Ok, this is pretty strange, I know; I was thinking to post it on History.se, but maybe it can fit here, too, as I saw it while traveling and it was in a "famous" cemetery (...I'm not the kind of tourist for cemetery visiting, this one just happened as I stumbled on it...)

Location: Prague, Vyšehrad cemetery. I noticed the following inscription, and it struck me as something really different because:

  • the shape
  • the position (in an isolated corner with a "special" path to reach it)
  • there is written Komunismu (did they buried communism here?)

I searched for information on Google, but everything I've been able to found was in čeština, and I'm not able to read it a single word of it. But still it shows it is some kind of touristic landmark, so I'm not that off topic after all :-D

Here is the photo. Sorry for the low quality:

2 Answers 2


The inscription says in Czech:

Památce kněží, řeholníků a řeholnic, obětí nacismu a komunismu

Já jsem vzkříšení a život. Kdo věří ve mne, i kdyby umřel, bude žít.

Evangelium Svatého Jana 11, 25

Translation of the first part is:

To the memory of priests, monks and nuns who were victims of nazism and communism

The second section is part of a verse from Gospel of John (11, 25), which is translated as (KJV):

I am the resurrection, and the life: he that believeth in me, though he were dead, yet shall he live

  • Thx. I'll accept the answer in a few hours (I always leave a bit of time for other answers). In the meantime...would you be so kind to add a bit more historical information/context/meaning to this, if there is any and if you are willing to? As a I said, I can't find anything online that it's not in your language :-\
    – motoDrizzt
    Commented Sep 12, 2016 at 7:24
  • 3
    You cannot bury communism. It is like cancer in society. This is a memorial to dark times in czech(czechoslovak) history of 20th century. People with higer moral code were hunted during WWII and after "vitcorious February" (communist putch) because they were dangeorus to the ideology. They who resist to believe in Marxism-Leninism under the rule of One Party (guess which one) were hijacked, dishonored, tortured, enslaved and slaughtered. All on behalf of the Republic. One of them were priests, monks and nuns. This is memorial of their sacrifice.
    – Crowley
    Commented Sep 12, 2016 at 8:49
  • 1
    People with higher moral code weren't 'hunted' in Czechoslovakia. The christian religion was however seen as wrong and as something to be eradicated and controlled, whilst officially being allowed. Exactly in the same way as is happening nowadays in China and before than in Nazi Germany. Going eastward however the situation was far far worse and considering this is on a cementry this is likely more a reminder of that then the situation in Czechoslovakia. In the USSR proper over 50.000 clergy were for example executed for not following (crazy) laws regarding religion. (cont.) Commented Sep 12, 2016 at 10:48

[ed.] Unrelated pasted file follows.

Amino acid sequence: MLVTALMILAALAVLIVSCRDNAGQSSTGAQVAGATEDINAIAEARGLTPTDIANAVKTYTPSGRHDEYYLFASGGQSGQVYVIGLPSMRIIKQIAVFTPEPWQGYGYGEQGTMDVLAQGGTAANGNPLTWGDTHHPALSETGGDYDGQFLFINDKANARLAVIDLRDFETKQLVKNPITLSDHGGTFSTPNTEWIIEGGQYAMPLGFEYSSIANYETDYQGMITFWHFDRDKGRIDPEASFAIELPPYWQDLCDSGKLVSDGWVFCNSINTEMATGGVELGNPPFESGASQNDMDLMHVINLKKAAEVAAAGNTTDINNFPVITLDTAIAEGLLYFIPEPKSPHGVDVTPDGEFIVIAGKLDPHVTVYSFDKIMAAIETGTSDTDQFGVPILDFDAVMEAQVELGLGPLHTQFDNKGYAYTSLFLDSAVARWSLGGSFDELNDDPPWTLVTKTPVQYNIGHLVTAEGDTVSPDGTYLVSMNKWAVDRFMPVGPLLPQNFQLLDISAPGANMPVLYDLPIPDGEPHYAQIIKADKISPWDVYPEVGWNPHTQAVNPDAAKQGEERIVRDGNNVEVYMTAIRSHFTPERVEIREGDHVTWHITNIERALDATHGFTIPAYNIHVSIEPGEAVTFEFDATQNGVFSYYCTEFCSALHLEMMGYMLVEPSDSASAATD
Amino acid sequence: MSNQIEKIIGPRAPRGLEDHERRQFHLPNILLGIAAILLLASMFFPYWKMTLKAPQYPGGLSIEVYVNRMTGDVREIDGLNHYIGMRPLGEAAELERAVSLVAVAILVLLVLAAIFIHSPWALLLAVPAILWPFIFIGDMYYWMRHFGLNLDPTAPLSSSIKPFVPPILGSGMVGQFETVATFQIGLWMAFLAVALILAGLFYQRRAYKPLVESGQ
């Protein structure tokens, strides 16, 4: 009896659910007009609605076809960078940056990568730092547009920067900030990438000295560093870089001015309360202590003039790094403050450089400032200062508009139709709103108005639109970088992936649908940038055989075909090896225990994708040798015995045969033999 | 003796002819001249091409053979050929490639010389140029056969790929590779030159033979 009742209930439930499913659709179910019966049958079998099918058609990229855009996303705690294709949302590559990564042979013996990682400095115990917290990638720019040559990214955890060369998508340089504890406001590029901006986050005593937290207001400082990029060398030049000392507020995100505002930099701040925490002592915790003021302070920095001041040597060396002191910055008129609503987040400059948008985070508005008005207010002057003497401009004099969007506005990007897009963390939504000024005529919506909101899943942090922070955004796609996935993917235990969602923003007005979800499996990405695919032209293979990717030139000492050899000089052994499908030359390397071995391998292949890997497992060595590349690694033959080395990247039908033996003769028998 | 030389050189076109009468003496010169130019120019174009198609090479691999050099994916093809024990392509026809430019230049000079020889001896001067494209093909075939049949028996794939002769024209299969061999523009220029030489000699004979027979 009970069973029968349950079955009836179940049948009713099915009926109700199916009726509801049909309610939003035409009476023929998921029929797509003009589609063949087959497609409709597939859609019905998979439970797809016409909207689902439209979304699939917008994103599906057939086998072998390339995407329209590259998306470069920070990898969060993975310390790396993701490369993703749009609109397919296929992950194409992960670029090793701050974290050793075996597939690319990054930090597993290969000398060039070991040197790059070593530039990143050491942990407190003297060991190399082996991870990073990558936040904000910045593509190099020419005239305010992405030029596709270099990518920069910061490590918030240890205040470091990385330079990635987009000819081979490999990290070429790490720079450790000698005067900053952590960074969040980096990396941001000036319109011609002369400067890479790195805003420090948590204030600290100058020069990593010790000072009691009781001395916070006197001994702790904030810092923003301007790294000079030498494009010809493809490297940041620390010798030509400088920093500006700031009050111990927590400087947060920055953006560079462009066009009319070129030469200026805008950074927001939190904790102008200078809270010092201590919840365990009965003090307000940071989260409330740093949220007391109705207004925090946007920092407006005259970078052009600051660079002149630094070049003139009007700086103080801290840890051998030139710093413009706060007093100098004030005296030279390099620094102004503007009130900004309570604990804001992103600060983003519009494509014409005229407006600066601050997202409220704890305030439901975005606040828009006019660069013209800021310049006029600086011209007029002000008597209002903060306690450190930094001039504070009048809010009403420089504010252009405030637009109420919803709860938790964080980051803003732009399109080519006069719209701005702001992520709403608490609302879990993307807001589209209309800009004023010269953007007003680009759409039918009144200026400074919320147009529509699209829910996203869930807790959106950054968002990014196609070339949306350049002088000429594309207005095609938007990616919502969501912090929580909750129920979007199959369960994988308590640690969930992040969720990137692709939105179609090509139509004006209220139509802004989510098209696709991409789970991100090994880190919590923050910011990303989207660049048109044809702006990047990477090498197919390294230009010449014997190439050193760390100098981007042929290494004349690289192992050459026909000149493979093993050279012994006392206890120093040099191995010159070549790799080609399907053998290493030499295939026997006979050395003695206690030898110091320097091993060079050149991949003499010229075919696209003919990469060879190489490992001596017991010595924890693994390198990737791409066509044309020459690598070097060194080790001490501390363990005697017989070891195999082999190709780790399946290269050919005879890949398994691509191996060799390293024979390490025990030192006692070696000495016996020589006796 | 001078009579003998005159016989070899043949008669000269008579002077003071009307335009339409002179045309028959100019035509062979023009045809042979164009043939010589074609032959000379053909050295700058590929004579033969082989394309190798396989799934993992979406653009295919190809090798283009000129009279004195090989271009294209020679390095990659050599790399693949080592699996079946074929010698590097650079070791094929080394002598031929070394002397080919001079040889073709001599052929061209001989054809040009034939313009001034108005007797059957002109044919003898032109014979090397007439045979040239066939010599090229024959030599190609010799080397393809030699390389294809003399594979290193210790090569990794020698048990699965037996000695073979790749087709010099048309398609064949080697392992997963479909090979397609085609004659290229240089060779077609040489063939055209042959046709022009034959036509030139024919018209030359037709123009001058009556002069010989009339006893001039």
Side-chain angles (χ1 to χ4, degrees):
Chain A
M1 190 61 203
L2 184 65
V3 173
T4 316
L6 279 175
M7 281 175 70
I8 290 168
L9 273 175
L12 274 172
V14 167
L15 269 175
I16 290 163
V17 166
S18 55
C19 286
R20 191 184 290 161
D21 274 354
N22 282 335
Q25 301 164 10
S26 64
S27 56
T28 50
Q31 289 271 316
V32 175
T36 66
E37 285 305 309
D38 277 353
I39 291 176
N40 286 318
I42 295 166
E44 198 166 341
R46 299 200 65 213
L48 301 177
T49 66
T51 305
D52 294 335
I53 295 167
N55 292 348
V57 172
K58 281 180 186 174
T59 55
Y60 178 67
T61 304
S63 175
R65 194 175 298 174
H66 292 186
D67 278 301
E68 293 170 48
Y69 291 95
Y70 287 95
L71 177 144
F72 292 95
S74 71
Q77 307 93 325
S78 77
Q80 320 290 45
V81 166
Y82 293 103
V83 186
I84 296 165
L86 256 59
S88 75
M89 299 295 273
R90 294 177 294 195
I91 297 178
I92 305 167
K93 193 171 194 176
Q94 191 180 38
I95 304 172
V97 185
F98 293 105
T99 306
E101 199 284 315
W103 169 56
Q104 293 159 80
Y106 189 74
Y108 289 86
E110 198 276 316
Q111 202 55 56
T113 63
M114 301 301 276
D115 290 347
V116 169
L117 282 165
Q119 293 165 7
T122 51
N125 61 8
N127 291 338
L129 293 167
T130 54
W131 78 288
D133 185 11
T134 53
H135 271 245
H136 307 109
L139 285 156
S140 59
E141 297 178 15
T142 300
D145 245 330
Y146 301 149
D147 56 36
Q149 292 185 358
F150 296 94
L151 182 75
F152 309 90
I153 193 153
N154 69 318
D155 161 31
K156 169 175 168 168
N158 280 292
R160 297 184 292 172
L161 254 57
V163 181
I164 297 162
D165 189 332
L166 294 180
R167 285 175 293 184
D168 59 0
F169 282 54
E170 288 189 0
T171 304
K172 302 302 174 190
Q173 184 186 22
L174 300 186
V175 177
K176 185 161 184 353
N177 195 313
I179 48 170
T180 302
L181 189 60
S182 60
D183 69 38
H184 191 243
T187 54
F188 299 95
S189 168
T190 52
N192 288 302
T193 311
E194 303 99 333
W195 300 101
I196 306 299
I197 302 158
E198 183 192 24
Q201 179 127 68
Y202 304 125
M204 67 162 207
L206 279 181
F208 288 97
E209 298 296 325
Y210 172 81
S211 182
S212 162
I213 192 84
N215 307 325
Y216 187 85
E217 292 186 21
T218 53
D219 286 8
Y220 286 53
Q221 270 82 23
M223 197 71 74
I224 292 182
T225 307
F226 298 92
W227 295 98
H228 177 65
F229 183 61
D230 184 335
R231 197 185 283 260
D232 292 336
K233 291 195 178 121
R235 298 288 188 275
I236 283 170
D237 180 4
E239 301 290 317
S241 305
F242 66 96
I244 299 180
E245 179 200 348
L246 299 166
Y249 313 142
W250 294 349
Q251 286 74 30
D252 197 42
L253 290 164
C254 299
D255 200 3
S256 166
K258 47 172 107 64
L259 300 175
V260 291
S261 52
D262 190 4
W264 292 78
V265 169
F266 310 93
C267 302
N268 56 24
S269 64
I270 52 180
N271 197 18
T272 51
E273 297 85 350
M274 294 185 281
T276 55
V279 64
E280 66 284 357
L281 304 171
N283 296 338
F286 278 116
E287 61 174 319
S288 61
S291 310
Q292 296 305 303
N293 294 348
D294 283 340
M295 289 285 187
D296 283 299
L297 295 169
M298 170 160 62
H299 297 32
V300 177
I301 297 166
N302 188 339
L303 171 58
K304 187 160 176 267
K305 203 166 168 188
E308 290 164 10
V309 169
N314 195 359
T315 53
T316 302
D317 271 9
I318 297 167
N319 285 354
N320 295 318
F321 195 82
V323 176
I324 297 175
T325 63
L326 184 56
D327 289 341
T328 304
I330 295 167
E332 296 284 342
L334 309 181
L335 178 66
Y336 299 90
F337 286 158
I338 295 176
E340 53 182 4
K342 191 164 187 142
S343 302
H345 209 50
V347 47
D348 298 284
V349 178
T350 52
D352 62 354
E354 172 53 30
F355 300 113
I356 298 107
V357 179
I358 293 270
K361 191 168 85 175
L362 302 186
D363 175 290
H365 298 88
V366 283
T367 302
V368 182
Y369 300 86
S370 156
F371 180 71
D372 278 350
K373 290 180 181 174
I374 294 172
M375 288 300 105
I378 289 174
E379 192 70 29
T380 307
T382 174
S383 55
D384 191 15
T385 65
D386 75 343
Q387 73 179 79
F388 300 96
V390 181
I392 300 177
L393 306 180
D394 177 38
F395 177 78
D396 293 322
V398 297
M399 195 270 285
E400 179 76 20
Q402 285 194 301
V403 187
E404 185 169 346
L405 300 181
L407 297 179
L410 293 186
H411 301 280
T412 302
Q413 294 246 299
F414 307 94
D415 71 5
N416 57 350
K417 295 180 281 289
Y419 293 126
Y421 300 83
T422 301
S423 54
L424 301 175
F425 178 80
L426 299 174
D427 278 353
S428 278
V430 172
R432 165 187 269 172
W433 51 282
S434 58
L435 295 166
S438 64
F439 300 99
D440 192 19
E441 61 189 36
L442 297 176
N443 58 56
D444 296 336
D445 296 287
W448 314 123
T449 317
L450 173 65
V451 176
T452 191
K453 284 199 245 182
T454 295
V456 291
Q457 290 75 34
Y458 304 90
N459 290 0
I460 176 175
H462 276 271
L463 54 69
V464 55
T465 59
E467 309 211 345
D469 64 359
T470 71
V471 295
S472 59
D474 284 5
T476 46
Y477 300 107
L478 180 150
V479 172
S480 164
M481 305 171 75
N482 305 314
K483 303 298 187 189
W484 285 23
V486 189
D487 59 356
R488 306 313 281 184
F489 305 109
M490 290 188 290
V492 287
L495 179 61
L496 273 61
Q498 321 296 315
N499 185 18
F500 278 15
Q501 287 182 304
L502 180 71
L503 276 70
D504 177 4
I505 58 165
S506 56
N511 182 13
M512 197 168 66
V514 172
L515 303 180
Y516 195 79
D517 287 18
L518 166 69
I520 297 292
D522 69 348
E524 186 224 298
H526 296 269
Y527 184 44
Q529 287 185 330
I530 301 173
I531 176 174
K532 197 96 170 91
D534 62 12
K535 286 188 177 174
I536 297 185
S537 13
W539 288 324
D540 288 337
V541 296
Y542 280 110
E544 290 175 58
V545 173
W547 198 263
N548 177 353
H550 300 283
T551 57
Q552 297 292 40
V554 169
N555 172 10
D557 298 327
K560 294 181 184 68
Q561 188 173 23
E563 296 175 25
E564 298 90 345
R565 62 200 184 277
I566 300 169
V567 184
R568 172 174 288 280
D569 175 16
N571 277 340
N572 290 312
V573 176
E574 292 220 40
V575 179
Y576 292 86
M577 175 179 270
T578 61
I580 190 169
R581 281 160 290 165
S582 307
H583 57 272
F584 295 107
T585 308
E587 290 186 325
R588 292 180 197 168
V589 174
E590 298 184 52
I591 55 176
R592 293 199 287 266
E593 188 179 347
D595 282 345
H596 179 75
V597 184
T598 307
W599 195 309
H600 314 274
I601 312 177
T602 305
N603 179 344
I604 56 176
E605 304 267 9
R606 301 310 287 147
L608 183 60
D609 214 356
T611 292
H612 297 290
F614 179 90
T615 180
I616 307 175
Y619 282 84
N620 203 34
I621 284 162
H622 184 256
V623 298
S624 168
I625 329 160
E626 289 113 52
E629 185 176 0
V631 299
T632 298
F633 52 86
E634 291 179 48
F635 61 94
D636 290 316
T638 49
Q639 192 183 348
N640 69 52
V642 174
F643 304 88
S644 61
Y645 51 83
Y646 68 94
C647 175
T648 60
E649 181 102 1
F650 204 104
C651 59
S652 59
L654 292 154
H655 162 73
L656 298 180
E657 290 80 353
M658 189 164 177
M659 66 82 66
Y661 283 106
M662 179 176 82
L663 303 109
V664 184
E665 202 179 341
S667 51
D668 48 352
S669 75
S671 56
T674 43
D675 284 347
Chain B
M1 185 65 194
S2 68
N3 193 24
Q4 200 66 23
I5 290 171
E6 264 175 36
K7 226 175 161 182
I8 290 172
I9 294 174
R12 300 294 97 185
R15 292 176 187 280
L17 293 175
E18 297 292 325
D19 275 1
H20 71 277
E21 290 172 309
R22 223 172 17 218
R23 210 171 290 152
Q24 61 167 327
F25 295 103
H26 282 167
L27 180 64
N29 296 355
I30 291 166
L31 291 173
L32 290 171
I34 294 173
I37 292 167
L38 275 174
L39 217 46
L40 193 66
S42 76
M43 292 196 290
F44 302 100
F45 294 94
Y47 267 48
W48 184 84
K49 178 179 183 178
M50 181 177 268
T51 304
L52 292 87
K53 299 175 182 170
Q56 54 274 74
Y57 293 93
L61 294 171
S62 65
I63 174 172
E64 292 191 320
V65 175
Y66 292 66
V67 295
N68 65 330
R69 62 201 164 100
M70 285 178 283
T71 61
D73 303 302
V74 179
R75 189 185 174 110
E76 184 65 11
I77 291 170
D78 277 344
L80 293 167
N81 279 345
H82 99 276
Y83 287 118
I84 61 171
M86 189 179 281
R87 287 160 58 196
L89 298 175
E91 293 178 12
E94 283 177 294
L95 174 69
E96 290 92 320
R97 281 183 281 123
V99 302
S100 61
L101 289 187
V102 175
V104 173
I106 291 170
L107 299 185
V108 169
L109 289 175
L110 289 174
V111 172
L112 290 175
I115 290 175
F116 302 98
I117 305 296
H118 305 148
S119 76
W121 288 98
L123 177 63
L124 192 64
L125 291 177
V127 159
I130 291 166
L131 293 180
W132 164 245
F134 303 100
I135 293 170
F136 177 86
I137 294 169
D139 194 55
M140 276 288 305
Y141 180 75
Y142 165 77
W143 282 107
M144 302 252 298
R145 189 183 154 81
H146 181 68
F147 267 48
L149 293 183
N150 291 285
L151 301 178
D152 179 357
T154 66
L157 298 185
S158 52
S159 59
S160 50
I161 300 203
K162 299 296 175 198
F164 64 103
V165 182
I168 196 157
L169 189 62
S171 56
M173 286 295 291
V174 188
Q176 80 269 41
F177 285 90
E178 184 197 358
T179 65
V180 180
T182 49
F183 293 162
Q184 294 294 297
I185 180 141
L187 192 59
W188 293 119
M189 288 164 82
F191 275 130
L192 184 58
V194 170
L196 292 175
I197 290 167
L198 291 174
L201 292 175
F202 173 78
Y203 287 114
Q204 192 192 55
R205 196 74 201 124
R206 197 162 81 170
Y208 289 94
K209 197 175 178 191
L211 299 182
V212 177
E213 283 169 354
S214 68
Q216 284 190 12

• 2
    Either way, if you want to get a bit of a general idea I can recommend these artifcles on Wikipedia: en.wikipedia.org/wiki/… and en.wikipedia.org/wiki/… (and whilist you read that remember that those things aren't something of the dark ages, but still applicable to various parts of the world today, if you want to read more about that I would recommend the Open Doors organization) Commented Sep 12, 2016 at 10:48
  • @svick, I guess it would be useful if you added the original check wording to your answer, so that it's searchable. (On top of the English translation you already have for non-Czech speakers). Commented Sep 12, 2016 at 11:38

Action K is the name for the project of illegal elimination of monasteries and male catholic monastic orders that took place in the communist Czechoslovakia in April 1950. It was preceded by the staged trial of Machalka et al. involving order superiors, intended to provide ideological justification for the general public. 219 monastic houses were closed down and 2376 monks were interned during the action in Czechoslovakia. Movable and immovable property of orders was confiscated (though for real properties, this formally happened only later). The action resulted in a huge loss of cultural heritage as several monasteries started to fall into disrepair and others were intentionally destroyed; a lot of valuable printings disappeared and movable properties were misappropriated, for example an ancient furniture and so on. Soon after Action K, Action R followed. Action R was slower and it was aimed against nunneries. The last one, Action B was meant to formally eliminate all orders, but in did not materialize to a large extent. The first night when the monasteries were attacked and closed down has been nicknamed ‘St. Bartholomew’s Day of Monks’.


  1. – 14. 4. 1950 – "Action K" – forceful concentration of Czech monks, List of witnesses: http://www.pametnaroda.cz/anniversary/detail/id/42?locale=en_GB

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